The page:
My Friend Dahmer

A young Jeffrey Dahmer struggles to belong in high school.

Jeffrey Dahmer is one of the most infamous serial killers of all time and serial killers in popular culture have always generated a degree of morbid interest, whether they are real or fictionalised. ‘My Friend Dahmer’ takes a slightly different slant to anything I’ve seen in this genre before, focusing in on Dahmer’s life as a teenager, before he’d started on his killing spree. Based on a graphic novel from one of his former classmates, John ‘Derf’ Backderf, ‘My Friend Dahmer’ is an odd little film that attempts to tell the story of how a young man turned into a monster and it certainly made an impression on me.

Ross Lynch, who has previously made a name for himself on kid friendly Disney shows, plays Dahmer here and his uneasy performance encapsulates a boy who doesn’t quite fit in. Knowing what Dahmer would become makes it difficult to empathise with the character and the film takes a curious approach that almost wills the audience to feel sorry for him, portraying him as an outsider with no friends. I was a little uncomfortable with this approach primarily because the film never makes any statements deeper than, ‘look at this crazy kid’, and the knowledge of what he’d become makes it particularly troubling to watch (which is perhaps the intention). The film does a good job of balancing relatively normal teenage hijinks with Dahmer’s unsettling behaviour, and some of the strongest moments come when the group of kids Dahmer hangs around with are carrying on and it becoming clear that even in this context, this kid takes things a little too far and is a little too weird.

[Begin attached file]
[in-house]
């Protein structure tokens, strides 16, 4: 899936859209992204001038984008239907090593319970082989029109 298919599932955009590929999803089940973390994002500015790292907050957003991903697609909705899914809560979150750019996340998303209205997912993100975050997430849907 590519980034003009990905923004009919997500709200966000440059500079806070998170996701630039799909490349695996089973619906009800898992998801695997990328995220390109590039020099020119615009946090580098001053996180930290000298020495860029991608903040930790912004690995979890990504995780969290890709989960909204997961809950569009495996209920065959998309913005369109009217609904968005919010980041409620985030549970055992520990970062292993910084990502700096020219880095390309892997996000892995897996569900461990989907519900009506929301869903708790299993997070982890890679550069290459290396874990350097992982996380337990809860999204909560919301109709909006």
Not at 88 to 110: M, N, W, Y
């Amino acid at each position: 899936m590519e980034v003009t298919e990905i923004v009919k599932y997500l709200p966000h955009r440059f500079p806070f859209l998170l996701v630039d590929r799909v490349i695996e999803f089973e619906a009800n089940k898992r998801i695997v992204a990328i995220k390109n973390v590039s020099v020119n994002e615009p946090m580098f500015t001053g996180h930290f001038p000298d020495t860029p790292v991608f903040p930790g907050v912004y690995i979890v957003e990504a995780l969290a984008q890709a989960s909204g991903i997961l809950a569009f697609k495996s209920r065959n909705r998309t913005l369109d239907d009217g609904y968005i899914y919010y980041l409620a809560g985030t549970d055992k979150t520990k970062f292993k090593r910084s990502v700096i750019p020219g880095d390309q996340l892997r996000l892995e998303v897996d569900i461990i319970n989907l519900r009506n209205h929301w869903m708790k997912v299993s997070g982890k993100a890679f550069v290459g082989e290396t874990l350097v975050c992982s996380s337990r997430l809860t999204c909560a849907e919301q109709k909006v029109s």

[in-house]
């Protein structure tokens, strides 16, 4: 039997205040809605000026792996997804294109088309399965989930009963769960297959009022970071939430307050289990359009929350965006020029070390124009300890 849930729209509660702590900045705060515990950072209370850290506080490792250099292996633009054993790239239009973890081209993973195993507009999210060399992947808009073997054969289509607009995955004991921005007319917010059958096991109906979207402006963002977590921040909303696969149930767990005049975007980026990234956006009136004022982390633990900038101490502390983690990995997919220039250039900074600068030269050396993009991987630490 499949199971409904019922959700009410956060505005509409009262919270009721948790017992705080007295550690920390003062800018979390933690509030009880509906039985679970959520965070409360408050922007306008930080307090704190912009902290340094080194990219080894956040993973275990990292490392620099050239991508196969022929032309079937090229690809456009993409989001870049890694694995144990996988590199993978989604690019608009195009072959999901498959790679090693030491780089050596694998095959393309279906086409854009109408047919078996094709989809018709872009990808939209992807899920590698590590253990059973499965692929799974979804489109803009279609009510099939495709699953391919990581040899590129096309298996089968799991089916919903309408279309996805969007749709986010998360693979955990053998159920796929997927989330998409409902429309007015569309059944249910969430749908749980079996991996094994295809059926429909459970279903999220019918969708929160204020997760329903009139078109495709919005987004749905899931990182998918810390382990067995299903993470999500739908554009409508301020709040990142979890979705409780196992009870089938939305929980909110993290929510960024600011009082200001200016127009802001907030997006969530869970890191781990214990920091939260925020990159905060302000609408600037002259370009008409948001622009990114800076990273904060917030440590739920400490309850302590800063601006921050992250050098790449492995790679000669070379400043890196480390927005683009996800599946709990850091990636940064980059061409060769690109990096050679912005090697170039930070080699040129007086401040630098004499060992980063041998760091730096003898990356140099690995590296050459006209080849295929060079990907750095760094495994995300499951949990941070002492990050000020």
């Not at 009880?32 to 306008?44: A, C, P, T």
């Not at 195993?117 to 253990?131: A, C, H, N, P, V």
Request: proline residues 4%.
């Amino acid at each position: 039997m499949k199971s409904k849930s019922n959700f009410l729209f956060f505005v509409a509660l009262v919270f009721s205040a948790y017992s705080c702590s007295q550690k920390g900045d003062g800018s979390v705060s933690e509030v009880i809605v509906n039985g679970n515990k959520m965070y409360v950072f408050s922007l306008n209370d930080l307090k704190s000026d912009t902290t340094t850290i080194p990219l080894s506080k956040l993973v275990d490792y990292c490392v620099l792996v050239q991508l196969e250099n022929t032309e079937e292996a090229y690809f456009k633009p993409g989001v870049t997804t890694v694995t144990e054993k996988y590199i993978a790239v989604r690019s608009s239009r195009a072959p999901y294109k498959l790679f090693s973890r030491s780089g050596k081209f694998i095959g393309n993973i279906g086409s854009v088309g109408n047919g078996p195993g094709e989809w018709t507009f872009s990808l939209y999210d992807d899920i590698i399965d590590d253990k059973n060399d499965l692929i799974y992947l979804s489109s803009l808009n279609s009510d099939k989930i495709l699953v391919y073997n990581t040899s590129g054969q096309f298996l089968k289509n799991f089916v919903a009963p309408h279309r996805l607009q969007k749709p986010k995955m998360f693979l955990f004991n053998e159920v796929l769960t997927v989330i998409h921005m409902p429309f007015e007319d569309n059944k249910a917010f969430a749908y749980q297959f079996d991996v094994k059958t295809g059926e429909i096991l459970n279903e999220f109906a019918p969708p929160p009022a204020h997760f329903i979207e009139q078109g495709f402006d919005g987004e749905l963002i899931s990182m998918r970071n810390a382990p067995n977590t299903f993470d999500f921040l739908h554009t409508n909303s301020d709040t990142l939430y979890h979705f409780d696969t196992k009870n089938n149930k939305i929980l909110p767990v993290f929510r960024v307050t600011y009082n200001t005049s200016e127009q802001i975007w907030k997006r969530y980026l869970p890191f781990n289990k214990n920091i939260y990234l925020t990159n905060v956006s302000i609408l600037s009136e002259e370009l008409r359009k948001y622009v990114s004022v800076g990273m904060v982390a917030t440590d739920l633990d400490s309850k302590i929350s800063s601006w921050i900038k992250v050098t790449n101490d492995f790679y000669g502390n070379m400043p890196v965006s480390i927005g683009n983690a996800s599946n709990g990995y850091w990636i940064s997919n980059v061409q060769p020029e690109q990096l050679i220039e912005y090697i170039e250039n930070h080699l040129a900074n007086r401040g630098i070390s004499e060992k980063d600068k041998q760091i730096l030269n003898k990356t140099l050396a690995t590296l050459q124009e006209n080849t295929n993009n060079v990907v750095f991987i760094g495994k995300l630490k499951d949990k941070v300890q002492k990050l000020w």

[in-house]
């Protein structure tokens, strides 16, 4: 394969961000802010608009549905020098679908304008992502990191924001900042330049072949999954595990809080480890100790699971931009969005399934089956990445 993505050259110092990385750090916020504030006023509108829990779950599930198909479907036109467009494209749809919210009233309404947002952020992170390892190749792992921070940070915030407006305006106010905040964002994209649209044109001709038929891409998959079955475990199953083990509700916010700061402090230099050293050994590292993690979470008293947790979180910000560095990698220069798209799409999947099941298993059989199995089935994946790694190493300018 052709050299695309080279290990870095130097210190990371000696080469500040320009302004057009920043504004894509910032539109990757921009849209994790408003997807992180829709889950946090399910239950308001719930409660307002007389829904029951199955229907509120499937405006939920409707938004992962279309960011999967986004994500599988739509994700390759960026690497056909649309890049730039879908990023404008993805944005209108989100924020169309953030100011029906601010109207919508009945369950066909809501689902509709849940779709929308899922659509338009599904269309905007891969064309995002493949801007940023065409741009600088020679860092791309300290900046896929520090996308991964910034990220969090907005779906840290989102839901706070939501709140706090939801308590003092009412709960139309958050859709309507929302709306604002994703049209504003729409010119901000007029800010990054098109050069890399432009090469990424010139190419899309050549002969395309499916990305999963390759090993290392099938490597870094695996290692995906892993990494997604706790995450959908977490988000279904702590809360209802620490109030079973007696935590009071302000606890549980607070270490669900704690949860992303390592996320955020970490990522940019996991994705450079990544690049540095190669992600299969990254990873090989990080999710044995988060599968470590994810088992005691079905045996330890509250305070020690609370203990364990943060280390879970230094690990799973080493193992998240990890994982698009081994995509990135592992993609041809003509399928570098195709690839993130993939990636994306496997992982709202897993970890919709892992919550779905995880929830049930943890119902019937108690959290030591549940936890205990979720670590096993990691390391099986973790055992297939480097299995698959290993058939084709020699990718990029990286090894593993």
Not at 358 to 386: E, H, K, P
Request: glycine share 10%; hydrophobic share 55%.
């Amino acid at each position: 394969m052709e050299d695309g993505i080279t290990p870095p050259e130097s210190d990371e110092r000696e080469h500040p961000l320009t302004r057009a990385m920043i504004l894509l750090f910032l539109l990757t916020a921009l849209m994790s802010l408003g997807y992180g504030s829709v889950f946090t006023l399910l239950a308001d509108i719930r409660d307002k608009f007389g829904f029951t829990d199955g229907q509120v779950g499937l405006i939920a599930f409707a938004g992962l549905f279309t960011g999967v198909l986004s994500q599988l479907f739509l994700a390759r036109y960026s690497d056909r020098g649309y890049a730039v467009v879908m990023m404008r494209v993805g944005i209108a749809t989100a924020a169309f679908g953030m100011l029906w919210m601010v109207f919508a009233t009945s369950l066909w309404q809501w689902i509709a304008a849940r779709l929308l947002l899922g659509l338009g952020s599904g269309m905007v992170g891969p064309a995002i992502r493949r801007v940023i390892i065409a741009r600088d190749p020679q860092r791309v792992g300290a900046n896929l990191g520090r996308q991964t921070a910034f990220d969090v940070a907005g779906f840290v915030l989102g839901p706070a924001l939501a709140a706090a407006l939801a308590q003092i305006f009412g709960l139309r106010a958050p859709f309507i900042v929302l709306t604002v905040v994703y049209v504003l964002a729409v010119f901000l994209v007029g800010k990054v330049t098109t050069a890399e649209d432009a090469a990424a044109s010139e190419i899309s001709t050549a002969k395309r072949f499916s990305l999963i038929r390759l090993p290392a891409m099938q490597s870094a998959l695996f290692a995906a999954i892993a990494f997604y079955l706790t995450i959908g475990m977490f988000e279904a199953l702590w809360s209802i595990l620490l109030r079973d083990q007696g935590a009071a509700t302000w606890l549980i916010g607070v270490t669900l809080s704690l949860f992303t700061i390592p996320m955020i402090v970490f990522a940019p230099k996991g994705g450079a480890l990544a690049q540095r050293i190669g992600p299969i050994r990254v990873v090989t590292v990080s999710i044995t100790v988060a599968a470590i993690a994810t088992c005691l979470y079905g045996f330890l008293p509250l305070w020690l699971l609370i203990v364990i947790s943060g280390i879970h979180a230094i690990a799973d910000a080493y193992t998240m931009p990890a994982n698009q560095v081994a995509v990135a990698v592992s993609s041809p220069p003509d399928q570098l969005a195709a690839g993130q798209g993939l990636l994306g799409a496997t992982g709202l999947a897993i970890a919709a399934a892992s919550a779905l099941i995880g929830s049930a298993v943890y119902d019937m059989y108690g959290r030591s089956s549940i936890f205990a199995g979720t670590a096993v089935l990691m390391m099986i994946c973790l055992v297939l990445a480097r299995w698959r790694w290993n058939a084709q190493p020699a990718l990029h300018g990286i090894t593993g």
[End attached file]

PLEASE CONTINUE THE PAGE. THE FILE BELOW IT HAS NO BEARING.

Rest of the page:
My Friend Dahmer’ is a well acted drama that provides an insight into the infamous serial killer in his younger days, and whilst the script may be a little too self satisfied at times, this is an unsettling watch and will intrigue anyone with an interest in this genre.

Rating: 3/5

Directed By: Marc Meyers

Starring: Ross Lynch, Alex Wolff, Anne Heche, Dallas Roberts, Tommy Nelson, Harrison Holzer and Vincent Kartheiser

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